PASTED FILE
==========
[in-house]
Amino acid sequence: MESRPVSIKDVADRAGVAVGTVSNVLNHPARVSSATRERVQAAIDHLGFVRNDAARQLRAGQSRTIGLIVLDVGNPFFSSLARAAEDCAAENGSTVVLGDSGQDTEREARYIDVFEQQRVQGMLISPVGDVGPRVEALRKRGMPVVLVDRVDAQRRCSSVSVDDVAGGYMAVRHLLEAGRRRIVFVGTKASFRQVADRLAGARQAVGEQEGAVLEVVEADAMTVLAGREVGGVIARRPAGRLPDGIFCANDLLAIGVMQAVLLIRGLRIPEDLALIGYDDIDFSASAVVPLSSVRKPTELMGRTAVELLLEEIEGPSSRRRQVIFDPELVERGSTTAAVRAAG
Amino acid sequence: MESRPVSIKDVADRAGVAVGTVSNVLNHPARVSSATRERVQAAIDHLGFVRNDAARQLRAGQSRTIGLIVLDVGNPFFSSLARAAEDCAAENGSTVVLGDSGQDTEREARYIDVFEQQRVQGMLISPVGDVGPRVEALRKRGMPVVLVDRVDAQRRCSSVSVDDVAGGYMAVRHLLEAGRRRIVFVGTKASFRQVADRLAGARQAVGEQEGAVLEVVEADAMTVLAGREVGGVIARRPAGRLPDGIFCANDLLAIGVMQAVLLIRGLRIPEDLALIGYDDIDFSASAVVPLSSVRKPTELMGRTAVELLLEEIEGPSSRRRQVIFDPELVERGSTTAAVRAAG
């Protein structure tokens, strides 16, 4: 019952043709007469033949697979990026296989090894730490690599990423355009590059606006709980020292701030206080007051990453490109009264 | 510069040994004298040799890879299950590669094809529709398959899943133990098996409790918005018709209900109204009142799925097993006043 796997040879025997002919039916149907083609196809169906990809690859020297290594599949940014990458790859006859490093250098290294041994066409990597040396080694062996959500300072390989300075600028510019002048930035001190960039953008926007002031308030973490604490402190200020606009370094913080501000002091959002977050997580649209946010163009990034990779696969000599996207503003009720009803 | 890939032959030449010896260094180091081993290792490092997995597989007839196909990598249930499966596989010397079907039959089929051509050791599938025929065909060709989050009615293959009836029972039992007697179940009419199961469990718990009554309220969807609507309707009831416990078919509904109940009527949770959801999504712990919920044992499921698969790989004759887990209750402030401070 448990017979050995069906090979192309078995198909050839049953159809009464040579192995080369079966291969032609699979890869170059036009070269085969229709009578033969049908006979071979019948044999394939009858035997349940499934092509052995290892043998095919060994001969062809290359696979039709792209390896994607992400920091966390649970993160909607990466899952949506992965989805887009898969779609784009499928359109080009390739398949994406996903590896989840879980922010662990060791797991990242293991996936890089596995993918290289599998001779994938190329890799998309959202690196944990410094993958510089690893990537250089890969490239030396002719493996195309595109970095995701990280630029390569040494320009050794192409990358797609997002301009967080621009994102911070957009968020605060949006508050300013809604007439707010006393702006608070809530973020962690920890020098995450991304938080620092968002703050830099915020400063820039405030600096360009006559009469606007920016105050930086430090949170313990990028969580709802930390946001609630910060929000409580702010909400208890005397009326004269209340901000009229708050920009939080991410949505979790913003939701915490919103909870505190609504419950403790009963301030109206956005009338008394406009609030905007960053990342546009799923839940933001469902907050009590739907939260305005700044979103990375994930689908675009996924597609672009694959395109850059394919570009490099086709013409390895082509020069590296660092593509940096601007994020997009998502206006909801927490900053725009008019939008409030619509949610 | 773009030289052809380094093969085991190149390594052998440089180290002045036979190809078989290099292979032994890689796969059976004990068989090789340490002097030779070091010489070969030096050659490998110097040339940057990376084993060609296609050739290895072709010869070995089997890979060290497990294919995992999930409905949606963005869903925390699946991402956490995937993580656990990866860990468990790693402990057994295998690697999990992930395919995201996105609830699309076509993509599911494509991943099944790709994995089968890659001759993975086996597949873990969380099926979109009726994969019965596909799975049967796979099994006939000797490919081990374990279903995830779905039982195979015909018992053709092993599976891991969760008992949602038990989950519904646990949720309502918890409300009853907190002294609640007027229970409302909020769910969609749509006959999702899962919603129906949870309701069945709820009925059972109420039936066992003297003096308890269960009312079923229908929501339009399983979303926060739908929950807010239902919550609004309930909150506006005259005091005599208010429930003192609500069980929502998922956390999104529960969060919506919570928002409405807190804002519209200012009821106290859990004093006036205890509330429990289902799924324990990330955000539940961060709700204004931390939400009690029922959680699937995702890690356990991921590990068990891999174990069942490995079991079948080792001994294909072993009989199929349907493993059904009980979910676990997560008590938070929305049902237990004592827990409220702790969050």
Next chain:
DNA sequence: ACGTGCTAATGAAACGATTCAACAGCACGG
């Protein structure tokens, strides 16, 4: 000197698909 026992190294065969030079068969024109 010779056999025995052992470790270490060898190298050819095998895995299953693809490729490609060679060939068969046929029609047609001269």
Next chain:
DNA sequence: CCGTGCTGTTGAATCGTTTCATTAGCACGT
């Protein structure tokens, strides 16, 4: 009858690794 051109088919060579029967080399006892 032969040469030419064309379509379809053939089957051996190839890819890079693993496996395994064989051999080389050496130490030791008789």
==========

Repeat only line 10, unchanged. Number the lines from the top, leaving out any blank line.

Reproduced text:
């Protein structure tokens, strides 16, 4: 009858690794 051109088919060579029967080399006892 032969040469030419064309379509379809053939089957051996190839890819890079693993496996395994064989051999080389050496130490030791008789």